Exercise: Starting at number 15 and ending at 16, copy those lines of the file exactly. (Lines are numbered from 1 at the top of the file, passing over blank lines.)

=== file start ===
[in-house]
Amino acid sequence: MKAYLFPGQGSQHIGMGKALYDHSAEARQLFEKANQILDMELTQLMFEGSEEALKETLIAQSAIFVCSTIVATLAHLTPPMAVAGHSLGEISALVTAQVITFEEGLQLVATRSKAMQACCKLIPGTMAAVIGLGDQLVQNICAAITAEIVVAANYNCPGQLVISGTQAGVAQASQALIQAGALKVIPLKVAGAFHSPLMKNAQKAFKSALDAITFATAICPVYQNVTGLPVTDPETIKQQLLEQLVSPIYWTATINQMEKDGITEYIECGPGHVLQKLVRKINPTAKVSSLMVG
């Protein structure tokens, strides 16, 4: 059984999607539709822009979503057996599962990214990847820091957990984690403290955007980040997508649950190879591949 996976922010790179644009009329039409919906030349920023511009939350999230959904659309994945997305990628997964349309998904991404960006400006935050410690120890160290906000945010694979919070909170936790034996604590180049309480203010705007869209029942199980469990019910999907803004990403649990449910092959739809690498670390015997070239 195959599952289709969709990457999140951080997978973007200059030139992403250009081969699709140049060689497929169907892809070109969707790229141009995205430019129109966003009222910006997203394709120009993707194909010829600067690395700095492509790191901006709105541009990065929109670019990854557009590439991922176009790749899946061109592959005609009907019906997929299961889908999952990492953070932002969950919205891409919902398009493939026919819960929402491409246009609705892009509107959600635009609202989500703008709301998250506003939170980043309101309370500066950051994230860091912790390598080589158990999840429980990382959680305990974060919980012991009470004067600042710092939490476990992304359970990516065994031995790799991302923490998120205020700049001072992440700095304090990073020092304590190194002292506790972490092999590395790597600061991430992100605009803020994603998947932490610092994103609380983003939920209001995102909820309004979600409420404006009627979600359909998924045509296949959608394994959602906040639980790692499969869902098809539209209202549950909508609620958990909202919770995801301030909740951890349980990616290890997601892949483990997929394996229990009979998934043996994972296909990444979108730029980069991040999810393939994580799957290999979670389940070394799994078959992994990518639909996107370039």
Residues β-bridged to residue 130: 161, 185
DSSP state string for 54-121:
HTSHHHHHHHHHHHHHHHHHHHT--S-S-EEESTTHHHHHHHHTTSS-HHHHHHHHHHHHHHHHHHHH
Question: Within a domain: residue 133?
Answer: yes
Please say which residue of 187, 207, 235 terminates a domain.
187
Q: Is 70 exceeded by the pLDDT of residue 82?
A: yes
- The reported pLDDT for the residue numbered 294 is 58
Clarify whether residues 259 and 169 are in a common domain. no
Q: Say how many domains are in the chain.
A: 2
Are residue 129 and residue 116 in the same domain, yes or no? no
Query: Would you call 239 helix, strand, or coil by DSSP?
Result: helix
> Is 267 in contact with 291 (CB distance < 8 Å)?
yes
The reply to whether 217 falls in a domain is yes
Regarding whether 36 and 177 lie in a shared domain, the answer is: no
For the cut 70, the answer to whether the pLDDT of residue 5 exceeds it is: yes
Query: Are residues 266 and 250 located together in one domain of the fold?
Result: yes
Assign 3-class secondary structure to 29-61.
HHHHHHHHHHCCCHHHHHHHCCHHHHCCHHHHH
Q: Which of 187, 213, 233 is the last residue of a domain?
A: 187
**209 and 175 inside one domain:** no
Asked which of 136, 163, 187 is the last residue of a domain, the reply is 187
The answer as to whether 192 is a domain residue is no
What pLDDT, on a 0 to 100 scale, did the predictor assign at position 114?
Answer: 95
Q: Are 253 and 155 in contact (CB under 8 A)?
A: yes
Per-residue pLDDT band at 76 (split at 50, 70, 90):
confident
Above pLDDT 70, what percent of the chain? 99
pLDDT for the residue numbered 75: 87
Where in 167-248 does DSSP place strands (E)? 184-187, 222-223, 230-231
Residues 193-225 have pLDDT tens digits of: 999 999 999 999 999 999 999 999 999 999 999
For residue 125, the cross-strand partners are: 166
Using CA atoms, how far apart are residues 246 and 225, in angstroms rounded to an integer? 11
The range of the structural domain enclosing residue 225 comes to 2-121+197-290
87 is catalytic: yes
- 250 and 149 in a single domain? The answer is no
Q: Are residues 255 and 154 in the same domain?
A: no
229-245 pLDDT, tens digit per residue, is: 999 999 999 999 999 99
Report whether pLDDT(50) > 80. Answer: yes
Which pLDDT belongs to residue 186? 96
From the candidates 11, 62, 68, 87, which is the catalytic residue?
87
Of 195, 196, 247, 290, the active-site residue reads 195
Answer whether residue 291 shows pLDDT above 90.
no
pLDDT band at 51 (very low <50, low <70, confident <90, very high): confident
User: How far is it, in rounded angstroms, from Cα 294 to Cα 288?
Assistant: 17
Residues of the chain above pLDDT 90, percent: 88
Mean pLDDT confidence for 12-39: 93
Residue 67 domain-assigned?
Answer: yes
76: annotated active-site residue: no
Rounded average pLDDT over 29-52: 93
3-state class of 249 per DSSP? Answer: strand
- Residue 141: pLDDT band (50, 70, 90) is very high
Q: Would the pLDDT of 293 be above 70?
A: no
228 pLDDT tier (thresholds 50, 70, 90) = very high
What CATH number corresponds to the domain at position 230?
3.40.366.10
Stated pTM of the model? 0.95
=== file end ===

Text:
Q: Say how many domains are in the chain.
A: 2